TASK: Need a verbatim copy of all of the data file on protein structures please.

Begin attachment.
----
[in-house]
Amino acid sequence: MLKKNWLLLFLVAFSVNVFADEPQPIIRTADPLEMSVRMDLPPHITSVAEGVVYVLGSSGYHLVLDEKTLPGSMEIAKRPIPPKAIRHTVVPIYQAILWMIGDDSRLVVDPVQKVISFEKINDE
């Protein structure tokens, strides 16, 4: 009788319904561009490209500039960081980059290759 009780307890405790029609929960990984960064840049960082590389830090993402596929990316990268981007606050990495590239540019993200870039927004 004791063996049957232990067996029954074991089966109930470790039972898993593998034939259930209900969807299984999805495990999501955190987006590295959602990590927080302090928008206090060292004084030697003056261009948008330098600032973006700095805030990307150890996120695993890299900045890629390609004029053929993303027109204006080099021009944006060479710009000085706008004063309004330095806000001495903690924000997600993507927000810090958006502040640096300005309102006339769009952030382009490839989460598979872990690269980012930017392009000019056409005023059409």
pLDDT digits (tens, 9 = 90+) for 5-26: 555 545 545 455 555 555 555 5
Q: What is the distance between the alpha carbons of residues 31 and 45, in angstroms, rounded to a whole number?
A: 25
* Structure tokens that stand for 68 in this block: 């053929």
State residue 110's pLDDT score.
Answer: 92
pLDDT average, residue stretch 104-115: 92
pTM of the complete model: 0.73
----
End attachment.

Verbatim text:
[in-house]
Amino acid sequence: MLKKNWLLLFLVAFSVNVFADEPQPIIRTADPLEMSVRMDLPPHITSVAEGVVYVLGSSGYHLVLDEKTLPGSMEIAKRPIPPKAIRHTVVPIYQAILWMIGDDSRLVVDPVQKVISFEKINDE
């Protein structure tokens, strides 16, 4: 009788319904561009490209500039960081980059290759 009780307890405790029609929960990984960064840049960082590389830090993402596929990316990268981007606050990495590239540019993200870039927004 004791063996049957232990067996029954074991089966109930470790039972898993593998034939259930209900969807299984999805495990999501955190987006590295959602990590927080302090928008206090060292004084030697003056261009948008330098600032973006700095805030990307150890996120695993890299900045890629390609004029053929993303027109204006080099021009944006060479710009000085706008004063309004330095806000001495903690924000997600993507927000810090958006502040640096300005309102006339769009952030382009490839989460598979872990690269980012930017392009000019056409005023059409």
pLDDT digits (tens, 9 = 90+) for 5-26: 555 545 545 455 555 555 555 5
Q: What is the distance between the alpha carbons of residues 31 and 45, in angstroms, rounded to a whole number?
A: 25
* Structure tokens that stand for 68 in this block: 């053929």
State residue 110's pLDDT score.
Answer: 92
pLDDT average, residue stretch 104-115: 92
pTM of the complete model: 0.73